# to all topics for any clients connected to this listener. This prefixing only
    # happens internally to the broker; the client will not see the prefix.
    protocol websockets
  6. Sample Mosquitto config files are found in the /usr/local/mosquitto/etc/mosquitto/ directory, they are very useful if you want to add additional features like security to your Mosquitto setup.
  7. Restart Mosquitto from the package center app in the Synology web UI, and you are good to go. You now have a websockets enabled MQTT server.


More to come on this topic, I suspect.. got some neat ideas brewing.


If you want to read up on MQTT and Mosquitto, I recommend Jan-Piet Mens’ blog, lots of great posts about MQTT, advanced DNS usage and other goodness.



17 Replies to “Enabling Mosquitto websockets on Synology NAS”

  1. Why the line “listener 9001”?
    It works for me with the default port 1883.

    At first, I logged in as “admin”, then found the file, but vi does not allow me to save this read only file.
    Solution: log in as root with the admin password…

    1. Good questions.
      The listener on port 9001 was needed as I had other, non websockets MQTT connections on port 1883.
      So I needed a new port for the websockets connections, I think someone mentioned somewhere that 9001 was the one to use… Any free port should work though, I suspect.

      And yes, you prob need to be root to do this – don’t quite remember – but that does seem reasonable.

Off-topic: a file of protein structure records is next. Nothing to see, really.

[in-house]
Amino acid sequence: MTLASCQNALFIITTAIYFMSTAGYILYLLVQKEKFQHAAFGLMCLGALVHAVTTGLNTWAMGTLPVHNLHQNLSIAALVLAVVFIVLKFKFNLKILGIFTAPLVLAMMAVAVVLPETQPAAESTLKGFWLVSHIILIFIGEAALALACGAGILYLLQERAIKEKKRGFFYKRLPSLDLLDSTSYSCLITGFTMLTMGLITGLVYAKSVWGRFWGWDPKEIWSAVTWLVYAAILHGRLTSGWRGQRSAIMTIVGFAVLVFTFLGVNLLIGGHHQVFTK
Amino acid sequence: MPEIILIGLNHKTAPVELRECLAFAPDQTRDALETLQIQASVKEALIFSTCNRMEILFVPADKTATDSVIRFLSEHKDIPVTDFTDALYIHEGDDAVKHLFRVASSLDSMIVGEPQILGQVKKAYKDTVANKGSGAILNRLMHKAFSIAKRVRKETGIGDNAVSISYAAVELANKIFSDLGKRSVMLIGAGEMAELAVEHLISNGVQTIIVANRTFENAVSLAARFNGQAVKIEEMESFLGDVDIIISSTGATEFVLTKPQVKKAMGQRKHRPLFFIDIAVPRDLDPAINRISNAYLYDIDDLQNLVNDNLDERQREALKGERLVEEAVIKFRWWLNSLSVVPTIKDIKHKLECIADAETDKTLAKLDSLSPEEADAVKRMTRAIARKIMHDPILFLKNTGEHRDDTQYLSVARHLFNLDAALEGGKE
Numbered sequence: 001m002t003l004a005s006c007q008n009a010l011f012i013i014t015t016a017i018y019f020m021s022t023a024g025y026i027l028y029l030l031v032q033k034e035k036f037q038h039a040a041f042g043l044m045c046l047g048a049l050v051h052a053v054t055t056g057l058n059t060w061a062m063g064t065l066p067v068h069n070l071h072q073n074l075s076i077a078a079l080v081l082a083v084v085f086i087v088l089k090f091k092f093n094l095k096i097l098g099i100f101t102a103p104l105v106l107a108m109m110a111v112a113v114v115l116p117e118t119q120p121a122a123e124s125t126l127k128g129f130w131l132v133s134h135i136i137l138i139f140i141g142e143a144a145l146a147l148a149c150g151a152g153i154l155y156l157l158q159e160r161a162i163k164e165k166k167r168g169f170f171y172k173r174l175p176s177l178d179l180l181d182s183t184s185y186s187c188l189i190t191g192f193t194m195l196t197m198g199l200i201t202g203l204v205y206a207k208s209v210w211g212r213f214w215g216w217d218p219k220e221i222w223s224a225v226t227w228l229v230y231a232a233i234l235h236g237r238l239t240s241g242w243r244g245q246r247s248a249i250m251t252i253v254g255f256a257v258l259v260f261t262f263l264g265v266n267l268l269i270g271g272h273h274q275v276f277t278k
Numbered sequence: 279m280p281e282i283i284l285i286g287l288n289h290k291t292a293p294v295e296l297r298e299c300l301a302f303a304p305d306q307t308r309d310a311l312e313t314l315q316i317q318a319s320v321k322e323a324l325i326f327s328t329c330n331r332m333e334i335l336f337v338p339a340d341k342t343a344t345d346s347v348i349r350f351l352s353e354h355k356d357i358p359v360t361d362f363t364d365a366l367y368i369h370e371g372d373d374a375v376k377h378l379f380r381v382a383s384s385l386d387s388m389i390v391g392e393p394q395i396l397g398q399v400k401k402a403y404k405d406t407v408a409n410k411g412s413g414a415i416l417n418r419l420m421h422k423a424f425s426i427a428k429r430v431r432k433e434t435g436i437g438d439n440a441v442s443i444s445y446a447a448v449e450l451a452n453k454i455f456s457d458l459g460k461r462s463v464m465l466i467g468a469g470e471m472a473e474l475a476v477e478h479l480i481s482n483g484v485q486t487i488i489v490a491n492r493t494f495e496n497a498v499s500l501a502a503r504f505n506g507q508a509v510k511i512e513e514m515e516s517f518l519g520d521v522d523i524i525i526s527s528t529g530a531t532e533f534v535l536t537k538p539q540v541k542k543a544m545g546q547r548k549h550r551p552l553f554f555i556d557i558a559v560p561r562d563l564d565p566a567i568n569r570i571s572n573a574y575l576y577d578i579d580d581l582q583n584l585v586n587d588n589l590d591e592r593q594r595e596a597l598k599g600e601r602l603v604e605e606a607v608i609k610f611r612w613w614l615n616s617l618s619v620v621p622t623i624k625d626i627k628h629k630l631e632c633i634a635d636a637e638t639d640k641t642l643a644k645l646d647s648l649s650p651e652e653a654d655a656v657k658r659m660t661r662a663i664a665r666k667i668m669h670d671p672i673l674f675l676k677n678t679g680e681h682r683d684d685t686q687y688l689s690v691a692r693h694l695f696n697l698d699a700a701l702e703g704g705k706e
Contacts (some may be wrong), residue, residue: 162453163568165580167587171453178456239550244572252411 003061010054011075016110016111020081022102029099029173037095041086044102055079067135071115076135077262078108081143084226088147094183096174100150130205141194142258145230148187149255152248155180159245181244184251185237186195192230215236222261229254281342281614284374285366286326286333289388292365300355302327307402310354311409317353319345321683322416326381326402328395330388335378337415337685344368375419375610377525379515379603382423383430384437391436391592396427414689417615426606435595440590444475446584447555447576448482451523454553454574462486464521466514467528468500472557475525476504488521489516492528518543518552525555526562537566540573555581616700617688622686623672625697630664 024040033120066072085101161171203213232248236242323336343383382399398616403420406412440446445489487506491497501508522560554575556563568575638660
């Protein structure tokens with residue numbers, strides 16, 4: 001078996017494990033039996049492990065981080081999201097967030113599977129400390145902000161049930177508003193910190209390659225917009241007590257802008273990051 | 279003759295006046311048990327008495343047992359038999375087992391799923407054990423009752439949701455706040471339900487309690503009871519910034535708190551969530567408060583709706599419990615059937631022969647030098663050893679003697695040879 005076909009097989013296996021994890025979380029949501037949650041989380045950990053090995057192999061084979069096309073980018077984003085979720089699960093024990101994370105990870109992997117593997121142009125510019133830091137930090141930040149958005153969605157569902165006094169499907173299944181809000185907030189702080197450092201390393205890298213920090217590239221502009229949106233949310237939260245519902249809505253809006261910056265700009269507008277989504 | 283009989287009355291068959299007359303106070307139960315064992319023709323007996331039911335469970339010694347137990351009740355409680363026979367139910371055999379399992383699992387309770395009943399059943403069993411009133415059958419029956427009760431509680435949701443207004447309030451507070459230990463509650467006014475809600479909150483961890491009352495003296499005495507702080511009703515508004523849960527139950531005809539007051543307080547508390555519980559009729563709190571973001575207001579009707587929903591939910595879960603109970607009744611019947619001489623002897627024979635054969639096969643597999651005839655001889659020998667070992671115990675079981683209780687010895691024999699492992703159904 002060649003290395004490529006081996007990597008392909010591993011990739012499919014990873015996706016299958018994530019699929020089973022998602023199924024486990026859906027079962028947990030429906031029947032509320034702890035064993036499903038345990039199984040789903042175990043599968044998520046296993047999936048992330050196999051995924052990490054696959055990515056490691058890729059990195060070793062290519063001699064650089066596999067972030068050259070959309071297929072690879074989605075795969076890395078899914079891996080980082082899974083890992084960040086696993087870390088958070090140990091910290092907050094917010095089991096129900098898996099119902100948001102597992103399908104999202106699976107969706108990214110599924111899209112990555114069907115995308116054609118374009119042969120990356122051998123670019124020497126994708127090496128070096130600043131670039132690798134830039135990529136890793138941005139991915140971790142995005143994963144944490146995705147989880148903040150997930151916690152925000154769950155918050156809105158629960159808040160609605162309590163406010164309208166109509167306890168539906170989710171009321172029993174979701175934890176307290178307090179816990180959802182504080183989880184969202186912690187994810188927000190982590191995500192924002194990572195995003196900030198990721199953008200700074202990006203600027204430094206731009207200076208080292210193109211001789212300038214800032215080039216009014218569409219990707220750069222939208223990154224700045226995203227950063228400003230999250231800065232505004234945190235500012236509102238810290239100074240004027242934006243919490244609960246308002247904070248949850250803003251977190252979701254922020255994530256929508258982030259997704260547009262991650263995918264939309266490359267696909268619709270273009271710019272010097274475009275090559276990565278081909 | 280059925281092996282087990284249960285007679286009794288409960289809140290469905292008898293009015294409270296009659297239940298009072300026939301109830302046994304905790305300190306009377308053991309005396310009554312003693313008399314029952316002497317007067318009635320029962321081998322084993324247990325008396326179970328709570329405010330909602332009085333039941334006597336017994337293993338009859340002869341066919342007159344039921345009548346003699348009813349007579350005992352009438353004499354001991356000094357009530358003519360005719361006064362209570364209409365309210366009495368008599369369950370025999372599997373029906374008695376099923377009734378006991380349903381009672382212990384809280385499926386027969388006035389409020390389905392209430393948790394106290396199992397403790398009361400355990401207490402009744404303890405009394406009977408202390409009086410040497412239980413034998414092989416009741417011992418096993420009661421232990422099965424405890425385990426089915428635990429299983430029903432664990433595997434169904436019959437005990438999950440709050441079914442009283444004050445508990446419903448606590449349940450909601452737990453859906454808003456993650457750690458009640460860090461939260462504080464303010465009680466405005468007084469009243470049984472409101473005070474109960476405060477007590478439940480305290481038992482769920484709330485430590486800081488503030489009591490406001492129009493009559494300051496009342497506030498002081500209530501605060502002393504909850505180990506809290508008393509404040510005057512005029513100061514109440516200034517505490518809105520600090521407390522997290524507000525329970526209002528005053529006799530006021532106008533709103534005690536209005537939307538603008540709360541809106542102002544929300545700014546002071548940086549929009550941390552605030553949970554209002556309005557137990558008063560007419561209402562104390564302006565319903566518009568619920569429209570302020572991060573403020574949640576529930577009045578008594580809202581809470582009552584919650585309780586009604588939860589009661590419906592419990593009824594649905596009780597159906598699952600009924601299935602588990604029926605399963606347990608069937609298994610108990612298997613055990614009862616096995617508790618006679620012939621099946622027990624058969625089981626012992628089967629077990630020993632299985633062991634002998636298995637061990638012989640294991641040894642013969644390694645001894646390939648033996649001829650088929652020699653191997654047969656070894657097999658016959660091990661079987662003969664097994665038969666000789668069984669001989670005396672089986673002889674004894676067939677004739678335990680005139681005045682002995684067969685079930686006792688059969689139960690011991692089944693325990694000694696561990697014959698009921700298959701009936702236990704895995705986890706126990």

2. Thanks for the info! When I try to add “protocol websockets” to my mosquitto.conf file, my mosquitto service refuses to start. Any ideas on what could be wrong? (I’m on mosquitto 1.4.2-3, no newer version is shown in my package manager)

    1. A synology update allowed the mosquitto package to update, which solved the problem!

  3. Well I added the extra lines to conf and now websockets on 9001 work but non-websockets mqtt port on 1883 doesn’t anymore?! Can’t both run?

  4. Thanks for this post … i was looking for a mqtt broker/server for my virtual machine
    but the idea to have it on my synology is even better.
    but …. it does not run on my ds1512+
    i can edit the mosquito.conf as root.
    but the mosquito package will not run (on my dsm 6 update 4 ) .. nor comes there a entry in the log

  5. I am reasonably sure


    is not the actual config file, more like the example in the package. Have a look at


    It point cleary to


    I don’t think they are symbolically linked.